To us this may seem like paranoid nonsense, but to them it is perfectly logical. It fits with what they see as a pattern of Western behaviour. For instance, in 2001, in order to pursue its plans for national missile defence, the United States withdrew from the Anti-Ballistic Missile Treaty, antagonizing Russia. Now NATO is pushing hard for a missile defence system to defend Europe against the threat of Iranian nuclear missiles. Yet in 2007 a U.S. National Intelligence Estimate (NIE) concluded that Tehran halted its nuclear weapons program in 2003. The Director of the U.S. Defense Intelligence Agency in 2010, Lieutenant General Ronald L. Burgess Jr., affirmed that “the bottom-line assessments of the  NIE still hold true. We have not seen indication that the [Iranian] government has made the decision to move ahead with the program.”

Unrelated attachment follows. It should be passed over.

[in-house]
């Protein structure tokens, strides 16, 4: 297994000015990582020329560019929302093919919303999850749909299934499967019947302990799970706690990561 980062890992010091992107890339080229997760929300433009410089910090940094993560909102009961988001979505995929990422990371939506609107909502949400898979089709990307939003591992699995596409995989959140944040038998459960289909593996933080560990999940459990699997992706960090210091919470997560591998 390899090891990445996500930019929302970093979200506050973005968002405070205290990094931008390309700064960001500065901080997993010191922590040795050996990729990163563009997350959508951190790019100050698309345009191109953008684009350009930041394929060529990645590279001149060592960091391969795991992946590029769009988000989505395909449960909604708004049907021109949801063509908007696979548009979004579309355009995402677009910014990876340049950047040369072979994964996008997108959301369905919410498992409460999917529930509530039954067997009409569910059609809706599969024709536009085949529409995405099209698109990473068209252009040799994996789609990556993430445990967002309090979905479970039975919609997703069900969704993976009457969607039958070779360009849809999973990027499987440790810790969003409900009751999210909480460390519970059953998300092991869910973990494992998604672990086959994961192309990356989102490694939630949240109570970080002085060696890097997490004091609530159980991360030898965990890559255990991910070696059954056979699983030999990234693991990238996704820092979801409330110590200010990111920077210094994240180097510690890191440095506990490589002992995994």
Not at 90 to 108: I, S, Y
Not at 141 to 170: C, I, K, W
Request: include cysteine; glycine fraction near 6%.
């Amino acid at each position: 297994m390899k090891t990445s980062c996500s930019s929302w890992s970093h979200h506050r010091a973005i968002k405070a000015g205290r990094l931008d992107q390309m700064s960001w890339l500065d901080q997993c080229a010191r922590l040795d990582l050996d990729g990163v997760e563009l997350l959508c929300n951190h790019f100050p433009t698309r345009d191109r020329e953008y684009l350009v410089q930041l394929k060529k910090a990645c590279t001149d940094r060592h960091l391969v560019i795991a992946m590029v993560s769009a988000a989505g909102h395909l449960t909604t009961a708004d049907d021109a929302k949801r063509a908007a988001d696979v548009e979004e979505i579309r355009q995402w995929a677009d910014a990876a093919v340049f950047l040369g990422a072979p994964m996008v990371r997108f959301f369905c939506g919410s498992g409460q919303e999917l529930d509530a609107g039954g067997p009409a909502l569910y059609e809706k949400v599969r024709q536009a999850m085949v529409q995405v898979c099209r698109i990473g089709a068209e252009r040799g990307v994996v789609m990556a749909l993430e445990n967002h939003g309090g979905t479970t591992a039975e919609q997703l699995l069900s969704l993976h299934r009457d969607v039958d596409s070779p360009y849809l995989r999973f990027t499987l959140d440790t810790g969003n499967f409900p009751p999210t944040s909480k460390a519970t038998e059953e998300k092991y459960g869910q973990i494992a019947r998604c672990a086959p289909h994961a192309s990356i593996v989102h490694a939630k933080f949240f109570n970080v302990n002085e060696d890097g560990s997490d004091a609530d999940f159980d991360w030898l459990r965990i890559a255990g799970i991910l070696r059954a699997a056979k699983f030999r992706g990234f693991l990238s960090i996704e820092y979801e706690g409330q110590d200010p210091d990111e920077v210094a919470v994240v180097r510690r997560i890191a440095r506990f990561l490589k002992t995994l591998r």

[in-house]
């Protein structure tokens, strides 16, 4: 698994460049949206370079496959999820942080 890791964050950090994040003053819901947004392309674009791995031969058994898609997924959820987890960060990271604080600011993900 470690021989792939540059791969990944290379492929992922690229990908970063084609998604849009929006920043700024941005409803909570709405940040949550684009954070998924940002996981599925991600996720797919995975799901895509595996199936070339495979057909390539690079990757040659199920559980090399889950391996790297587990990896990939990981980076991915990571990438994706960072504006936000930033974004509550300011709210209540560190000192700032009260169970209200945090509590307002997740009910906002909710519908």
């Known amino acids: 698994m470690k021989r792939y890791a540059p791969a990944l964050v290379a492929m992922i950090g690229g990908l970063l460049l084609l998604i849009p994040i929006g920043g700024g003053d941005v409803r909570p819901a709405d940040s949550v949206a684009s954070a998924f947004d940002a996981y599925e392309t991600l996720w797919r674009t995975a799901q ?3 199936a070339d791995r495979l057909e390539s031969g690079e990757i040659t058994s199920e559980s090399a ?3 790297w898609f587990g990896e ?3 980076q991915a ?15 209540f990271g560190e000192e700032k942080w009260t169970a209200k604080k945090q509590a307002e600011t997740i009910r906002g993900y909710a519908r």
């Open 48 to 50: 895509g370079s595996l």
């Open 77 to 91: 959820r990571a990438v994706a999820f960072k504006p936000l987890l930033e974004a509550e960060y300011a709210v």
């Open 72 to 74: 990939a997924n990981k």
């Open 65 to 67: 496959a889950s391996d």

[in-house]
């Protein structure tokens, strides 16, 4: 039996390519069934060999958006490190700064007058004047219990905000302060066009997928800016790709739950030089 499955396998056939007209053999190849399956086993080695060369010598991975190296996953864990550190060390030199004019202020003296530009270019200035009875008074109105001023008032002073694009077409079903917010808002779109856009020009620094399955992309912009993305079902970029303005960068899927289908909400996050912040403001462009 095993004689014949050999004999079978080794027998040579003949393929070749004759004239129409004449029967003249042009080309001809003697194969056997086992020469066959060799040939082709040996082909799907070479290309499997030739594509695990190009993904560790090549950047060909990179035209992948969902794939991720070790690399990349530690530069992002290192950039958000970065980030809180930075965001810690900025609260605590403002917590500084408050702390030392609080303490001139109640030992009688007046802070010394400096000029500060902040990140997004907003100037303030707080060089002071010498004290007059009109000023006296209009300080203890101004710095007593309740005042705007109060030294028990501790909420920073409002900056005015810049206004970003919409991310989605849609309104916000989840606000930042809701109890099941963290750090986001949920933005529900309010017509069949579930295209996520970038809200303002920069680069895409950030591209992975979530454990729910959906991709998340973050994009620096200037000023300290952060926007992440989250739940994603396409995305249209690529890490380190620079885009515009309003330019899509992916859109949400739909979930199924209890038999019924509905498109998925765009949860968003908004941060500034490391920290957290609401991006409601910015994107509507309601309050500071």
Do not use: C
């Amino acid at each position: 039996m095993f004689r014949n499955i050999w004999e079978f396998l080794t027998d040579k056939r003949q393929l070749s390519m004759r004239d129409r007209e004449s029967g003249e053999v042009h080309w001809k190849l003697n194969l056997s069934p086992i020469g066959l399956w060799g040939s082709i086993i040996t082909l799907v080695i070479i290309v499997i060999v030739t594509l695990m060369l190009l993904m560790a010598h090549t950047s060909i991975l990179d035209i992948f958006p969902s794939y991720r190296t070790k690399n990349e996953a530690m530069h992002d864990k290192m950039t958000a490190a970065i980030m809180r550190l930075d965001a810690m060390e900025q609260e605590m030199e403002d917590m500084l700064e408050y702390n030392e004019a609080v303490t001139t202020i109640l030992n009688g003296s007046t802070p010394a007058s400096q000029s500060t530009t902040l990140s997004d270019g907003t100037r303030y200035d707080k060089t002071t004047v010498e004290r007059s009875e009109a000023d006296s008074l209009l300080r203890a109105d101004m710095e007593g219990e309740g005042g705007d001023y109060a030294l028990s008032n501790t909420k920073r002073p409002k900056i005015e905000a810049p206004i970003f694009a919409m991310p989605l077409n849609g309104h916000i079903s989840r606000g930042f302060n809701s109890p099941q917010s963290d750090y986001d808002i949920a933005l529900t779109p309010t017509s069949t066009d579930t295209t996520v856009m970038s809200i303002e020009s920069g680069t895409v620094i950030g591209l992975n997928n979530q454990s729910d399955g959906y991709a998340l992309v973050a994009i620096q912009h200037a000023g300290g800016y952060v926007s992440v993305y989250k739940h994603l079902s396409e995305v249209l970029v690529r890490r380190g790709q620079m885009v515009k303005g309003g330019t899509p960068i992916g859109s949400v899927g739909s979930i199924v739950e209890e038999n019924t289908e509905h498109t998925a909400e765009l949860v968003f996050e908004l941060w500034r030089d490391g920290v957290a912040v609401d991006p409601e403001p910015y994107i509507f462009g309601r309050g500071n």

Threat is a combination of capability and intent. While Iran could theoretically produce a nuclear weapon, it currently has no intent to do so, according to top U.S. security officials. Imagine how this looks to Moscow. Knowing that the supposed Iranian nuclear missile threat to Europe does not exist, the only explanation Russians can come up with for NATO’s actions is that the missile shield is directed against them. As Vladimir Putin told the Russian parliament in December 2013, “It was the Iranian nuclear program that at one time served as the main argument for deployment of the missile defence system. Now what’s happening? The Iranian nuclear program is going away, but the missile defence system stays. … [It] is a significant component of a strategic offensive potential.” By needlessly exaggerating the danger from rogue state nuclear missiles we have inflated the paranoia of a powerful and important country and strengthened the political hand of its leader. We are worse off as a result.